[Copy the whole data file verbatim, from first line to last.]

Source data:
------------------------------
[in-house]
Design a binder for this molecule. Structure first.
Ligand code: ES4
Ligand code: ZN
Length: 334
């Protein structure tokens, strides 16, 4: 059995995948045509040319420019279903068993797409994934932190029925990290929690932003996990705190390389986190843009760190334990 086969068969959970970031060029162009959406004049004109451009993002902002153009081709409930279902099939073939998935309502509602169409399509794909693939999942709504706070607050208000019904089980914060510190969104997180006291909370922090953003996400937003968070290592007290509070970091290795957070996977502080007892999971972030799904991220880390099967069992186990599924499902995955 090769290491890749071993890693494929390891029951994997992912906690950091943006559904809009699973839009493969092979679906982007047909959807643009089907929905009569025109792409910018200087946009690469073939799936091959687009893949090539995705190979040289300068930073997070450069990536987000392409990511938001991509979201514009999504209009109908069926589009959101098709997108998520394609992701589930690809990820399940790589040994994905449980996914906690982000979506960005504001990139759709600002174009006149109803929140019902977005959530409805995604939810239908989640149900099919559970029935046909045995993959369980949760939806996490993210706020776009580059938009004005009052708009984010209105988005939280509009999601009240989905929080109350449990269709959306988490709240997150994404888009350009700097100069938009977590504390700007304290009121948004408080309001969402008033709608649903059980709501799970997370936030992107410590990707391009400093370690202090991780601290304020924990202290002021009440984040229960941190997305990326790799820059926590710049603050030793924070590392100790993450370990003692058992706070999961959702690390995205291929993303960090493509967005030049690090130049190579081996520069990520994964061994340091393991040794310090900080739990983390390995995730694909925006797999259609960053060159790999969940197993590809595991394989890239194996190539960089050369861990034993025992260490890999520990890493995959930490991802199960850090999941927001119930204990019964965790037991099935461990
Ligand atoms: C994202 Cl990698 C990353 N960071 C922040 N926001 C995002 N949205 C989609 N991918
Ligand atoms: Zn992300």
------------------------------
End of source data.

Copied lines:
[in-house]
Design a binder for this molecule. Structure first.
Ligand code: ES4
Ligand code: ZN
Length: 334
């Protein structure tokens, strides 16, 4: 059995995948045509040319420019279903068993797409994934932190029925990290929690932003996990705190390389986190843009760190334990 086969068969959970970031060029162009959406004049004109451009993002902002153009081709409930279902099939073939998935309502509602169409399509794909693939999942709504706070607050208000019904089980914060510190969104997180006291909370922090953003996400937003968070290592007290509070970091290795957070996977502080007892999971972030799904991220880390099967069992186990599924499902995955 090769290491890749071993890693494929390891029951994997992912906690950091943006559904809009699973839009493969092979679906982007047909959807643009089907929905009569025109792409910018200087946009690469073939799936091959687009893949090539995705190979040289300068930073997070450069990536987000392409990511938001991509979201514009999504209009109908069926589009959101098709997108998520394609992701589930690809990820399940790589040994994905449980996914906690982000979506960005504001990139759709600002174009006149109803929140019902977005959530409805995604939810239908989640149900099919559970029935046909045995993959369980949760939806996490993210706020776009580059938009004005009052708009984010209105988005939280509009999601009240989905929080109350449990269709959306988490709240997150994404888009350009700097100069938009977590504390700007304290009121948004408080309001969402008033709608649903059980709501799970997370936030992107410590990707391009400093370690202090991780601290304020924990202290002021009440984040229960941190997305990326790799820059926590710049603050030793924070590392100790993450370990003692058992706070999961959702690390995205291929993303960090493509967005030049690090130049190579081996520069990520994964061994340091393991040794310090900080739990983390390995995730694909925006797999259609960053060159790999969940197993590809595991394989890239194996190539960089050369861990034993025992260490890999520990890493995959930490991802199960850090999941927001119930204990019964965790037991099935461990
Ligand atoms: C994202 Cl990698 C990353 N960071 C922040 N926001 C995002 N949205 C989609 N991918
Ligand atoms: Zn992300």